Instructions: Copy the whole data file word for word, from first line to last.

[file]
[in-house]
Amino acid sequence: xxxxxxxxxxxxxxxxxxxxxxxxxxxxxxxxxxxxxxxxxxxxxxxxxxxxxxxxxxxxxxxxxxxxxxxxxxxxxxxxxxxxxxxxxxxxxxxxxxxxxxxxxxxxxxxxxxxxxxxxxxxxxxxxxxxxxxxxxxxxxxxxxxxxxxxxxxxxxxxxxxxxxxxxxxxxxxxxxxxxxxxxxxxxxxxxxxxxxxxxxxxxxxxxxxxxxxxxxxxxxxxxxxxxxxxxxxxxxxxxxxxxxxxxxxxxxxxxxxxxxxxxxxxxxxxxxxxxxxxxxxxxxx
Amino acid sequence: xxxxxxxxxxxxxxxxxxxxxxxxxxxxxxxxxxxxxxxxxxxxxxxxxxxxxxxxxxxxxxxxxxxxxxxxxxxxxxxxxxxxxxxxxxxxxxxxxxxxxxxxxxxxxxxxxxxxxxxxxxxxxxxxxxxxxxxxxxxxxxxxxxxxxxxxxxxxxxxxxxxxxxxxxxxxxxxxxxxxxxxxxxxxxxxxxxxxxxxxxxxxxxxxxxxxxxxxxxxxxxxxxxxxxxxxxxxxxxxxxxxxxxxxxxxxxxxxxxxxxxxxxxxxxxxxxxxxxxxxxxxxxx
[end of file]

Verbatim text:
[in-house]
Amino acid sequence: xxxxxxxxxxxxxxxxxxxxxxxxxxxxxxxxxxxxxxxxxxxxxxxxxxxxxxxxxxxxxxxxxxxxxxxxxxxxxxxxxxxxxxxxxxxxxxxxxxxxxxxxxxxxxxxxxxxxxxxxxxxxxxxxxxxxxxxxxxxxxxxxxxxxxxxxxxxxxxxxxxxxxxxxxxxxxxxxxxxxxxxxxxxxxxxxxxxxxxxxxxxxxxxxxxxxxxxxxxxxxxxxxxxxxxxxxxxxxxxxxxxxxxxxxxxxxxxxxxxxxxxxxxxxxxxxxxxxxxxxxxxxxx
Amino acid sequence: xxxxxxxxxxxxxxxxxxxxxxxxxxxxxxxxxxxxxxxxxxxxxxxxxxxxxxxxxxxxxxxxxxxxxxxxxxxxxxxxxxxxxxxxxxxxxxxxxxxxxxxxxxxxxxxxxxxxxxxxxxxxxxxxxxxxxxxxxxxxxxxxxxxxxxxxxxxxxxxxxxxxxxxxxxxxxxxxxxxxxxxxxxxxxxxxxxxxxxxxxxxxxxxxxxxxxxxxxxxxxxxxxxxxxxxxxxxxxxxxxxxxxxxxxxxxxxxxxxxxxxxxxxxxxxxxxxxxxxxxxxxxxx